Dusan Ristic rising to the challenge of post-season tournament play
In just the second week of the Pac-12 season for the Arizona men’s basketball team, in the midst of a tight battle against Colorado, senior center Dusan Ristic was melting down. After missing multiple scoring attempts from point blank range, Ristic was pulled from the game, walked over to the sideline and as he sat down uttered the words in his homeland Serbian accent, “Fuck me!”
The reaction to his own poor play was honest, but his efforts since then have been nothing short of remarkable. Ristic has gone from an afterthought to a key cog for the Wildcats in the span of two months.
His choice of words in that brief moment up in Boulder were as real as it gets from a senior who has been under fire the majority of his career, the unfortunate byproduct of being a seven-footer. Ristic is as genuine and raw of a person you could ever meet. What you see is what you get from the former four-star recruit out of Sunrise Christian Academy in Kansas.
What is more impressive about Ristic is his sense of calmness and authenticity despite the firestorm that surrounded him. Nothing has showcased that more than in the two weeks prior to the Pac-12 tournament when the men’s basketball program was seemingly on the brink of disarray, on the verge of not only losing one of their star players in Allonzo Trier due to ineligibility from a banned substance, but also their head coach Sean Miller from an ESPN report alleging his seeking of $100,000 for star player Deandre Ayton in 2017.
“It was tough, it was really tough,” said Ristic. “Obviously we lost our coach and we lost Allonzo on the Oregon trip — that was a completely new thing for all of us. We didn’t know how to react, we didn’t know what to do … This team showed great resiliency, even though there was a lot of negative energy around our program. I think we showed how tough we are … we’re just mentally tougher.”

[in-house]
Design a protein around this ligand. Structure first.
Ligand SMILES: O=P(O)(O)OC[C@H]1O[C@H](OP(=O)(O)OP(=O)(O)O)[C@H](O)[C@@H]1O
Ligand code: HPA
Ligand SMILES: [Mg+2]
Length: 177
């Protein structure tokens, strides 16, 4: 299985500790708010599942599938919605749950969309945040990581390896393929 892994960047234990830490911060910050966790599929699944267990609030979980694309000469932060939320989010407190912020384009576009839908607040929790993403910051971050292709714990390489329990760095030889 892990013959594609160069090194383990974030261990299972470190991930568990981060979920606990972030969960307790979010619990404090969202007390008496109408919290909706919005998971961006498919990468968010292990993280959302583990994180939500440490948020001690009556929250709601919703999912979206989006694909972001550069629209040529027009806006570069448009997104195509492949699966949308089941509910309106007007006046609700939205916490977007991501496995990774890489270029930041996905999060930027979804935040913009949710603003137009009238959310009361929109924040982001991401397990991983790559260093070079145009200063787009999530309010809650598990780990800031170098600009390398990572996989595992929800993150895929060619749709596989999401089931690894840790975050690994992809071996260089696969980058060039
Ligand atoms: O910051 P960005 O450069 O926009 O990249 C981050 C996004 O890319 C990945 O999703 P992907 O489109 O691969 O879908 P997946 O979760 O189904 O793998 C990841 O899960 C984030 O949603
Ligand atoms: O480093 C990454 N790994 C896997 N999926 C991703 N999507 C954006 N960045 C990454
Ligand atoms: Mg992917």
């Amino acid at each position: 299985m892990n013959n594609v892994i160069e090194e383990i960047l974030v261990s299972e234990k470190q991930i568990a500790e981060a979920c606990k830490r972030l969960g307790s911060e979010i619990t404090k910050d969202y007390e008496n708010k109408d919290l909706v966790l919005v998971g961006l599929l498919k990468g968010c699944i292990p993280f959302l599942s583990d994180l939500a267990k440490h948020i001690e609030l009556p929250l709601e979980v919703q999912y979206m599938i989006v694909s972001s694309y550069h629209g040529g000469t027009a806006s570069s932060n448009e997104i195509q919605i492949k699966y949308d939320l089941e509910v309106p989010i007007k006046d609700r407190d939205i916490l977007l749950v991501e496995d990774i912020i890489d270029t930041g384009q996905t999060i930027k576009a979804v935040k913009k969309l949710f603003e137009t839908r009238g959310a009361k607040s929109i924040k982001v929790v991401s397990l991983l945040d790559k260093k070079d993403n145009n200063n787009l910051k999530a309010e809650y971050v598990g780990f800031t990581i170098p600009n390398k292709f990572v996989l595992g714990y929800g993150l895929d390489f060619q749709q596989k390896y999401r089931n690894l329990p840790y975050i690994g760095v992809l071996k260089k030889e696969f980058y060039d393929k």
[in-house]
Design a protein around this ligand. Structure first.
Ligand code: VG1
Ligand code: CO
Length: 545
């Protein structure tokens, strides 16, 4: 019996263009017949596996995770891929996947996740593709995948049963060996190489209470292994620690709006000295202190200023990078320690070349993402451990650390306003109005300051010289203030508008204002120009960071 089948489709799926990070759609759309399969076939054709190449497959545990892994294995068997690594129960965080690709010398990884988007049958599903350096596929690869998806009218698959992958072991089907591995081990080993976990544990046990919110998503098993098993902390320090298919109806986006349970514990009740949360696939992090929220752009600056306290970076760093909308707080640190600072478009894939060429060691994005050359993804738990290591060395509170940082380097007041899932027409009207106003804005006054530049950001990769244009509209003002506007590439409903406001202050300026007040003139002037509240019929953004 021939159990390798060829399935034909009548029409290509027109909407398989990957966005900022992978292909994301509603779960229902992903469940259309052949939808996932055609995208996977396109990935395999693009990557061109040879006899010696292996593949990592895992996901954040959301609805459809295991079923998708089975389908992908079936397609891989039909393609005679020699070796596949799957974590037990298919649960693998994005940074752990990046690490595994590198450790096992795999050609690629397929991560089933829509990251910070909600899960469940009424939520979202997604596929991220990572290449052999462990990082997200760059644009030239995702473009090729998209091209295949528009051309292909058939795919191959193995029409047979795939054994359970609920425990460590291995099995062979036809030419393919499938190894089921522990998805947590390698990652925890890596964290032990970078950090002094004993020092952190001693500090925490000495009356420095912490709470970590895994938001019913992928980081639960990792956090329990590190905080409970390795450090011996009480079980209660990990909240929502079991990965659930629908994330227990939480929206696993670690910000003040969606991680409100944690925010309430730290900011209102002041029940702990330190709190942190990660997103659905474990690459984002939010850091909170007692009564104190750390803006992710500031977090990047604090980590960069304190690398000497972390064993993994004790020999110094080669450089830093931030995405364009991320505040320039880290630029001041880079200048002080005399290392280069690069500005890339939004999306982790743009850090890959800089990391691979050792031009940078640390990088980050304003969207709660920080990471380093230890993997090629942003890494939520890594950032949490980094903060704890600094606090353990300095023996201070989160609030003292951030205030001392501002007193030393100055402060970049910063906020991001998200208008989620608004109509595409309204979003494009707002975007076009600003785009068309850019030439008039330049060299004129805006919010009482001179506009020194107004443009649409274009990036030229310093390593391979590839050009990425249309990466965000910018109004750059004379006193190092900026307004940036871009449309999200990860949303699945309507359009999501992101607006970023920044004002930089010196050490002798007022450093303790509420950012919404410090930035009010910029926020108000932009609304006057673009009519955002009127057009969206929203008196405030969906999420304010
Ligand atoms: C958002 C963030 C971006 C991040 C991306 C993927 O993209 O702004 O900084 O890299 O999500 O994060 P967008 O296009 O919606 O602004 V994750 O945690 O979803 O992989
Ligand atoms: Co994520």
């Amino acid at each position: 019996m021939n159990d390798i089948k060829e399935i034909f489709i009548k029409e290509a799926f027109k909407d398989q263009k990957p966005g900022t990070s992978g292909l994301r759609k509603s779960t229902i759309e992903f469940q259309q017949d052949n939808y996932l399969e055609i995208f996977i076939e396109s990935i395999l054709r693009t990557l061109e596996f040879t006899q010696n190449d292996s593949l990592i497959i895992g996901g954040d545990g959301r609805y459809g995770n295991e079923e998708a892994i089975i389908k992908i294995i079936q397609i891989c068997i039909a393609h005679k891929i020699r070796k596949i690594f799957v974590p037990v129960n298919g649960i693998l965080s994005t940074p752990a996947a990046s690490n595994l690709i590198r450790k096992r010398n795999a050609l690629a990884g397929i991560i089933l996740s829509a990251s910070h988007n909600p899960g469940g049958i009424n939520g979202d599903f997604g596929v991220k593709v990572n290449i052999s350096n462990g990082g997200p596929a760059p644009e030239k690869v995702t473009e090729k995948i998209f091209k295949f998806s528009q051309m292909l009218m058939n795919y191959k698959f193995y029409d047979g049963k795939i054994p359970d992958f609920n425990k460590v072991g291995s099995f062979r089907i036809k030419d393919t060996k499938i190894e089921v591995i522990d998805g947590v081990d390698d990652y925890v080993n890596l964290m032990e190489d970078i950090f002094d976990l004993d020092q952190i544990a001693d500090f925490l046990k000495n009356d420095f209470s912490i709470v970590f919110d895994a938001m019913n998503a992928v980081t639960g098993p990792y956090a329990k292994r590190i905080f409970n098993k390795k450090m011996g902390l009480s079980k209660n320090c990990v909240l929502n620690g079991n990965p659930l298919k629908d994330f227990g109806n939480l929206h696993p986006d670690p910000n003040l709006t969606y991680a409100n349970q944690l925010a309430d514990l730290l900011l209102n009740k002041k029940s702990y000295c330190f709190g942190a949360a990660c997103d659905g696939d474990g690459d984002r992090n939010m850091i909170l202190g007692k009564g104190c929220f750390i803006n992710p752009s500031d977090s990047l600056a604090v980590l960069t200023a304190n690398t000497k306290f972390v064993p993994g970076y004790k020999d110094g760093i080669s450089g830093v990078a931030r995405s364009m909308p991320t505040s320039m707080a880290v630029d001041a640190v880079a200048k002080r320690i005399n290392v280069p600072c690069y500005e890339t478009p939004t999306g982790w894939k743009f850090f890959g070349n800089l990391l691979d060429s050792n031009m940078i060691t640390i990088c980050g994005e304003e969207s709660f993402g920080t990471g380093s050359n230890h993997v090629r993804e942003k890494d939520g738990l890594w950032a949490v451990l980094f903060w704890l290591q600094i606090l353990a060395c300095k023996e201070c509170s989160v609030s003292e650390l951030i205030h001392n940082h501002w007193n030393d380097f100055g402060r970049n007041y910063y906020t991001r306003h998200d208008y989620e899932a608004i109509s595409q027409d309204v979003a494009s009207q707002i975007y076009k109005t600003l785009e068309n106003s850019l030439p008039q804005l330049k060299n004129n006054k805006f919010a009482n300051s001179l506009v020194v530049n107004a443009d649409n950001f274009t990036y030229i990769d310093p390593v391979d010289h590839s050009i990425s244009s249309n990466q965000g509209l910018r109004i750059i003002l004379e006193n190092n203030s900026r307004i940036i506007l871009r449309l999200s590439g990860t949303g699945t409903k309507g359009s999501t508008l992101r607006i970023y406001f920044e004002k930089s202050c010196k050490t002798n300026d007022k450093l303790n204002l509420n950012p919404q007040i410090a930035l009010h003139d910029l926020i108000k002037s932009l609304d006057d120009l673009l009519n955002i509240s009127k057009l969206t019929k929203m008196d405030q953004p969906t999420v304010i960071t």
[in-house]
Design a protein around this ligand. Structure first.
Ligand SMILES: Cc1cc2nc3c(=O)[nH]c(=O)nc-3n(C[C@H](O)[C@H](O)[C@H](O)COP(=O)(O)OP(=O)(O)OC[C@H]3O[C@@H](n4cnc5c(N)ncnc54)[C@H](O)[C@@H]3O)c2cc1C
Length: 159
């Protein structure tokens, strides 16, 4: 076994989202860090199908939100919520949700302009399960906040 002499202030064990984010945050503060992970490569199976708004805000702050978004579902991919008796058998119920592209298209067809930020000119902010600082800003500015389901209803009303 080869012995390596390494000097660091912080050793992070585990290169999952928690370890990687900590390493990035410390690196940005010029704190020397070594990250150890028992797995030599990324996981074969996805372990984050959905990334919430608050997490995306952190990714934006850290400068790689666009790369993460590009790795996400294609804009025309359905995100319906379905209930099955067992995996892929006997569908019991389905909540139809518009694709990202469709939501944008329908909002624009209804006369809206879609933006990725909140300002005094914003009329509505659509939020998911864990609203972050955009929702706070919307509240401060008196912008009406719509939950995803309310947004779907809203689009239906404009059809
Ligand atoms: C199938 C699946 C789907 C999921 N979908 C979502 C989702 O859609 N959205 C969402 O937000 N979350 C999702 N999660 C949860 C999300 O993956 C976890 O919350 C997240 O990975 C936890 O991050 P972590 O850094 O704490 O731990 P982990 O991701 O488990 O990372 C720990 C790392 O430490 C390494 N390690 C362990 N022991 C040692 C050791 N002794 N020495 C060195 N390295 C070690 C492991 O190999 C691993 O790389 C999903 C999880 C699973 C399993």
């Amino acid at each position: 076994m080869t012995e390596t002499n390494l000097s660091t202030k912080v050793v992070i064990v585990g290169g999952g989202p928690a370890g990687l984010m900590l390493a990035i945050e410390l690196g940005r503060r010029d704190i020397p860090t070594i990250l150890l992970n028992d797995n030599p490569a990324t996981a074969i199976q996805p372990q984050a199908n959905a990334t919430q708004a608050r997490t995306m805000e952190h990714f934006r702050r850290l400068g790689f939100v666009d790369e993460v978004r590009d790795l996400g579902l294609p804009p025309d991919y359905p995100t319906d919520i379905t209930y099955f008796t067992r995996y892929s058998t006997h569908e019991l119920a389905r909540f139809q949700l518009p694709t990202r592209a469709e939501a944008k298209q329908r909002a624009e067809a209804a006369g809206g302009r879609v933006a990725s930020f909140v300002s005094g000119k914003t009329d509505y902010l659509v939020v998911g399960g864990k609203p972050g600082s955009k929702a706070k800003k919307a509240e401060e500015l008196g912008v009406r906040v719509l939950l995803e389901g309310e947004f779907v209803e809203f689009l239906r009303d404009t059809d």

Career highs in points, rebounds, free throw percentage and minutes per game landed Ristic a second team All-Pac-12 selection for the first time in his career. His play in the conference tournament was just as solid, leading to an All-Tournament team selection.
The path for Ristic hasn’t been easy. From Serbia to Kansas to Arizona, Ristic’s journey has been unusual. Throw in the language obstacles and a head coach that is as fiery as anyone in the country, and things can change from sunny to gloomy in an instant. But Ristic hasn’t opted for the easy way out like other young players have in search of “better” opportunities elsewhere. He has stuck through the process no matter how bad it seemed.
Ristic is unassuming, evidenced by his tall 7-foot-1 figure scrunching into a tiny Jeep Liberty as he drives down 1 National Championship Blvd. in front of McKale Center. There is nothing that stands out about Ristic outside of his height and, perhaps, the one thing that separates him from everyone else on his team: the triangle.
Ristic’s signature triangle gesture after key baskets has become endearing to the Arizona faithful. It is a requirement, of sorts, following Ristic plays. The legacy of winning the most games at Arizona is his, but March and April are where legends are made. Ristic will have the opportunity to cement his status as Wildcat folk hero with each game in the NCAA Tournament.
This is the beauty of Ristic, a man who has found himself playing the best basketball of his career at just the right time. He has gone through battles both internally and externally and done it under the watchful eye of Miller, a relationship that Ristic credits for making him who he is today.
“I thought about it and I was sad; I didn’t know what to expect,” Ristic said in reference to Miller’s game suspendsion. “Coach Miller is somebody who has been my coach the past four years. I’ve been through a lot of positive and negative things with him. I grew as a player off the court and on the court and if he wasn’t on the sidelines today or Saturday that would affect me a lot, because obviously that is a highly emotional thing.”
The winningest player in program history, Ristic is looking forward to March, and said he thinks the road this team has taken this season will propel them to greater things down the road. The team’s performance during the Pac-12 tournament would also say as much.
In the past five games, the Wildcats have given up just under 64 points a game after averaging over 72 per game in the 29 games prior. That focus on defense, a result of senior leadership from Ristic and longtime teammate Parker Jackson-Cartwright, it couldn’t have come at a more perfect time.
Follow Saul Bookman on Twitter